Results 1 to 4 of 4
    • Member Info
      • Native Language:
      • Spanish
      • Home Country:
      • Spain
      • Current Location:
      • Spain

    • Join Date: Feb 2011
    • Posts: 99
    #1

    To exert

    Hi,

    Can anyone tell me if the following sentence is very formal or incorrect? The meaning is that the person is a lawyer but doesn't work as a lawyer.

    "He does not exert as a lawyer."

    Thank you

  1. 5jj's Avatar
    • Member Info
      • Native Language:
      • British English
      • Home Country:
      • England
      • Current Location:
      • Czech Republic

    • Join Date: Oct 2010
    • Posts: 28,134
    #2

    Re: To exert

    It's incorrect.

    He doesn't practise as a lawyer.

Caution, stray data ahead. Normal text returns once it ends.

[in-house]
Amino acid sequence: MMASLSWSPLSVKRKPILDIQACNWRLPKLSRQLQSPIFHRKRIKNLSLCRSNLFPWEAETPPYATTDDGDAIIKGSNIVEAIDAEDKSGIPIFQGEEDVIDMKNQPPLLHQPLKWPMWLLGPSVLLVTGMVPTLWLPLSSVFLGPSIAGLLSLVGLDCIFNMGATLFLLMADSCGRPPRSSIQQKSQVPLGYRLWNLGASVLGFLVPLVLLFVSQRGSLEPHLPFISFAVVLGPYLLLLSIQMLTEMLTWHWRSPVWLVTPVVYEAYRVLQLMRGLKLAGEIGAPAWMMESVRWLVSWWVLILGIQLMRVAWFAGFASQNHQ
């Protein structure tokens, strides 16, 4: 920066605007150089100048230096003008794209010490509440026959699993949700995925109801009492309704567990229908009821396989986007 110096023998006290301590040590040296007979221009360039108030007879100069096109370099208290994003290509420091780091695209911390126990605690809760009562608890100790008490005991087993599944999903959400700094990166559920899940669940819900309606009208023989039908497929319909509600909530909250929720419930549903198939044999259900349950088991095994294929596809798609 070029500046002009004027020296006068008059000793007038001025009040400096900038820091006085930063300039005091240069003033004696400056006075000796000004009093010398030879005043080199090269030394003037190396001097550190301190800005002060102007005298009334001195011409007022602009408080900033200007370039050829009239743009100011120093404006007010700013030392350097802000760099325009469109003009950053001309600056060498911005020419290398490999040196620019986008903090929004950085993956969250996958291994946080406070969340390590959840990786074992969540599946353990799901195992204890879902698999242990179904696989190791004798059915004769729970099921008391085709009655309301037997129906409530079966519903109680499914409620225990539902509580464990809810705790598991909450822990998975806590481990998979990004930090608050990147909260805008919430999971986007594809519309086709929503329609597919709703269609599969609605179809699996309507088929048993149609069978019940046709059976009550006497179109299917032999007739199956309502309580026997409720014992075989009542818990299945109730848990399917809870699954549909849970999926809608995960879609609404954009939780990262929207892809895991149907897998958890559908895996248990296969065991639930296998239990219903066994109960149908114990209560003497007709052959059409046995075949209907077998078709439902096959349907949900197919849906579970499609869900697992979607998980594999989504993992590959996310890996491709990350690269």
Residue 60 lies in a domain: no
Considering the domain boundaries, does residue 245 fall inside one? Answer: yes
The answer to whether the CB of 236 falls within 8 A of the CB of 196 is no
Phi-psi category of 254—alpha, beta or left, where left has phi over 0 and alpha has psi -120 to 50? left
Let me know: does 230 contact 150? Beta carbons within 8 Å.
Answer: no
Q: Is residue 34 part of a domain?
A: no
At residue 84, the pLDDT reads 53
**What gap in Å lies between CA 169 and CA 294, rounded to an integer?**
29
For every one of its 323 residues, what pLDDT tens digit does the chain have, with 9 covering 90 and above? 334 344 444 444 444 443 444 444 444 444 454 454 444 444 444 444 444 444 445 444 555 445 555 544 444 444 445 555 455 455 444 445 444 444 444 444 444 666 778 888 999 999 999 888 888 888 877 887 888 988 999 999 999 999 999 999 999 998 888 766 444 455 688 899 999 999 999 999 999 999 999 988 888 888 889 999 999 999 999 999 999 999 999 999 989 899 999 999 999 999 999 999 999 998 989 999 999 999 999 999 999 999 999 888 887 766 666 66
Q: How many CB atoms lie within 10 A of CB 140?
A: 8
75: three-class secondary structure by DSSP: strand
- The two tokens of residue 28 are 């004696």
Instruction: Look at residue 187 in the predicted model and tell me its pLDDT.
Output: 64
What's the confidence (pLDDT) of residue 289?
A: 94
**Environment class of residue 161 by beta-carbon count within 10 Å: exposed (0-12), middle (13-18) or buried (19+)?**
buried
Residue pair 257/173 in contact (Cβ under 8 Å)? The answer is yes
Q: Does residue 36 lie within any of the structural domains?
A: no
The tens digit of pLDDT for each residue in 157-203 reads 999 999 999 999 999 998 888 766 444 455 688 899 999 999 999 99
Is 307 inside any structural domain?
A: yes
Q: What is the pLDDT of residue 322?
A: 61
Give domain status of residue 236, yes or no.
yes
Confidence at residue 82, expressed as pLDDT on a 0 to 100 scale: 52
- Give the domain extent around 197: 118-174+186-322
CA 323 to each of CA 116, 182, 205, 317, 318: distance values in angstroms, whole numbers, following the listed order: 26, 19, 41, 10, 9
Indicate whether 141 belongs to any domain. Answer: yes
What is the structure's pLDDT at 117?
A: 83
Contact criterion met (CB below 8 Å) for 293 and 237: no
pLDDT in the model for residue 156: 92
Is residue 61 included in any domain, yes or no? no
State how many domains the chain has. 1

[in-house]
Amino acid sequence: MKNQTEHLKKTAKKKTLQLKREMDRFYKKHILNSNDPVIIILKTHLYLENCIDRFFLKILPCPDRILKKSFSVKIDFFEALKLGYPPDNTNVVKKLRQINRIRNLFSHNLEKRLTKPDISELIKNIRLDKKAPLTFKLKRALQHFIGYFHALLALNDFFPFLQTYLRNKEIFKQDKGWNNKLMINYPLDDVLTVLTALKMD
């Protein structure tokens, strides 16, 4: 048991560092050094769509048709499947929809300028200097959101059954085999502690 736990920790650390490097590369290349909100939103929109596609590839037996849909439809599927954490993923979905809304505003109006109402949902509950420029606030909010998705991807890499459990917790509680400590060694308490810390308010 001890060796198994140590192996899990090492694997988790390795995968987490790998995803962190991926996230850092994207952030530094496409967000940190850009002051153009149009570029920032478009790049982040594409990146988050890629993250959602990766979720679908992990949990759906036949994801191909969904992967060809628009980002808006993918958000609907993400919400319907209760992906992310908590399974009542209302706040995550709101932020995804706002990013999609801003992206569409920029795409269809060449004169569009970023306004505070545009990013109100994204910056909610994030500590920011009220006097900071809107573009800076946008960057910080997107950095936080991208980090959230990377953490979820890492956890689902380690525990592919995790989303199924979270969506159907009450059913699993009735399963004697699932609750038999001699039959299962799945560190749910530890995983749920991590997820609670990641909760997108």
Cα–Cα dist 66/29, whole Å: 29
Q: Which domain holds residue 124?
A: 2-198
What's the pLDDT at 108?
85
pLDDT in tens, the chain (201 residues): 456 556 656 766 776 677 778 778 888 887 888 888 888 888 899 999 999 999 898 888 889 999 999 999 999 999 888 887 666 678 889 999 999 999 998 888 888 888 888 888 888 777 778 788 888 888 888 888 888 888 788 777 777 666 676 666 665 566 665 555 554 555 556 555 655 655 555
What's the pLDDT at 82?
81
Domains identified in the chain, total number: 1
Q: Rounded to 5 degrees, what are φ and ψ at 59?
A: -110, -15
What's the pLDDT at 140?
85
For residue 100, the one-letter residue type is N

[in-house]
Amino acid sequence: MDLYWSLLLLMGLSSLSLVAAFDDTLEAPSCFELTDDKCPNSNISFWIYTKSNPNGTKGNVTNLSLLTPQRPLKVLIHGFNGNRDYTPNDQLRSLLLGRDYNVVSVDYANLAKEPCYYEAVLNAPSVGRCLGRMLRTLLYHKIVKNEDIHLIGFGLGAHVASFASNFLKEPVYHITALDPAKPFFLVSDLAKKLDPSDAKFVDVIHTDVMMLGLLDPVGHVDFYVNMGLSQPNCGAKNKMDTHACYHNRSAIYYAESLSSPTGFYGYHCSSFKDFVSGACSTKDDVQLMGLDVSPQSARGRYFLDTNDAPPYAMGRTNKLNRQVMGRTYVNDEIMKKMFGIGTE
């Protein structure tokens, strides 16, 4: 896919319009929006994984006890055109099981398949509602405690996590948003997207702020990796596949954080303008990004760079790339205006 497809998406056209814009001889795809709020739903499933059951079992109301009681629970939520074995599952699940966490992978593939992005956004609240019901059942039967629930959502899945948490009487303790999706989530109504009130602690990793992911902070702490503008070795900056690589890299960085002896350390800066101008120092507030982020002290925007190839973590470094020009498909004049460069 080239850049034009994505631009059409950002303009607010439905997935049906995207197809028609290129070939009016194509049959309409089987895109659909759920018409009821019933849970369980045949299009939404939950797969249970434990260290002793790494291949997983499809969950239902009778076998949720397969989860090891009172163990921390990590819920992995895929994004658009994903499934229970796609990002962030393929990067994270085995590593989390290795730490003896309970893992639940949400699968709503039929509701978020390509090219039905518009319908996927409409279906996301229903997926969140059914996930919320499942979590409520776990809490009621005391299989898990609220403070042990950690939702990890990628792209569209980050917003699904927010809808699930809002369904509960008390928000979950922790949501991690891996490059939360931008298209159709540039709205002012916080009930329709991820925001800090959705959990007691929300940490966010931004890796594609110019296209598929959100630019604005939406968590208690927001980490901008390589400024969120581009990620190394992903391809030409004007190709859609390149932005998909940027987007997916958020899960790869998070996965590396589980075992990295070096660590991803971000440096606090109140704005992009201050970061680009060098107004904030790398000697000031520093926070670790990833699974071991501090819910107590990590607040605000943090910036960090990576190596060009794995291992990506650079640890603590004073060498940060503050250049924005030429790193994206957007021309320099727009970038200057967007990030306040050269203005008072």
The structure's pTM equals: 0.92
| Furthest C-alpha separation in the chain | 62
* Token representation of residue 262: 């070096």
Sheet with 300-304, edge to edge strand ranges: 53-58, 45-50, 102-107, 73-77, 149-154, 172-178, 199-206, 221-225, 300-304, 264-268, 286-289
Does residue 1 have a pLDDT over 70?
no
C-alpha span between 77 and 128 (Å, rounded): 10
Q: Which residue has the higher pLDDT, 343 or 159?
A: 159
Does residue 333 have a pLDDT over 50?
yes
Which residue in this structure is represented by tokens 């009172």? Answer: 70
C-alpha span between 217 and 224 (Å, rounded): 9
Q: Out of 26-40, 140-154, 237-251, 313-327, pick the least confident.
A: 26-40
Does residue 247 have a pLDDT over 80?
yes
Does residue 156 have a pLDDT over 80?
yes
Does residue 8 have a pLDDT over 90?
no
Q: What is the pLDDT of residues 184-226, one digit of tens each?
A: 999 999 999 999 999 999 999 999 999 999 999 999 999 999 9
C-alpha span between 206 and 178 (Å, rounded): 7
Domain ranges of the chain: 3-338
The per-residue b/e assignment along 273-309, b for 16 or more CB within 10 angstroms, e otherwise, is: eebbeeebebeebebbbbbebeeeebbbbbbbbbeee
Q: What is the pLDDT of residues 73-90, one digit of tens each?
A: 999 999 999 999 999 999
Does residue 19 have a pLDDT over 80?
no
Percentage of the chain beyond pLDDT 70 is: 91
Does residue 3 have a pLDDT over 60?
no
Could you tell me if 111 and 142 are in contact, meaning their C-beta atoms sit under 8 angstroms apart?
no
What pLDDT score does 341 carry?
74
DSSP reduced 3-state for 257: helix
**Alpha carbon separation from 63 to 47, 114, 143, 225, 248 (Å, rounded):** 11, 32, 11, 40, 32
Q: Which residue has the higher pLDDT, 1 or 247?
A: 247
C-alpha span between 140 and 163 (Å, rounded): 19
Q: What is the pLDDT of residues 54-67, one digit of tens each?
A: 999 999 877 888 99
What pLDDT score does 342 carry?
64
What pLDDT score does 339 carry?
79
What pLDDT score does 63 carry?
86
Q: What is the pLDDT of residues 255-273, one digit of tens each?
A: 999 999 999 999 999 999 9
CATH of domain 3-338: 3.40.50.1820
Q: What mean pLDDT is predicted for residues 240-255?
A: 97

2. Raymott's Avatar
    • Member Info
      • Native Language:
      • English
      • Home Country:
      • Australia
      • Current Location:
      • Australia

    • Join Date: Jun 2008
    • Posts: 24,091
    #3

    Re: To exert

    Quote Originally Posted by fivejedjon View Post
    It's incorrect.

    He doesn't practise as a lawyer.
    Yes, or perhaps better, "He's a non-practicing lawyer".
    I also don't practice as a lawyer, but I'm not a non-practicing lawyer.

  3. 5jj's Avatar
    • Member Info
      • Native Language:
      • British English
      • Home Country:
      • England
      • Current Location:
      • Czech Republic

    • Join Date: Oct 2010
    • Posts: 28,134
    #4

    Re: To exert

    Note: Practice - noun
    Practise - verb, BrE
    Practice - verb, AmE and, presumably, AusE.

Similar Threads

  1. exert
    By XINLAI-UE in forum Ask a Teacher
    Replies: 3
    Last Post: 12-Sep-2008, 10:53

Bookmarks

Posting Permissions

  • You may not post new threads
  • You may not post replies
  • You may not post attachments
  • You may not edit your posts
  •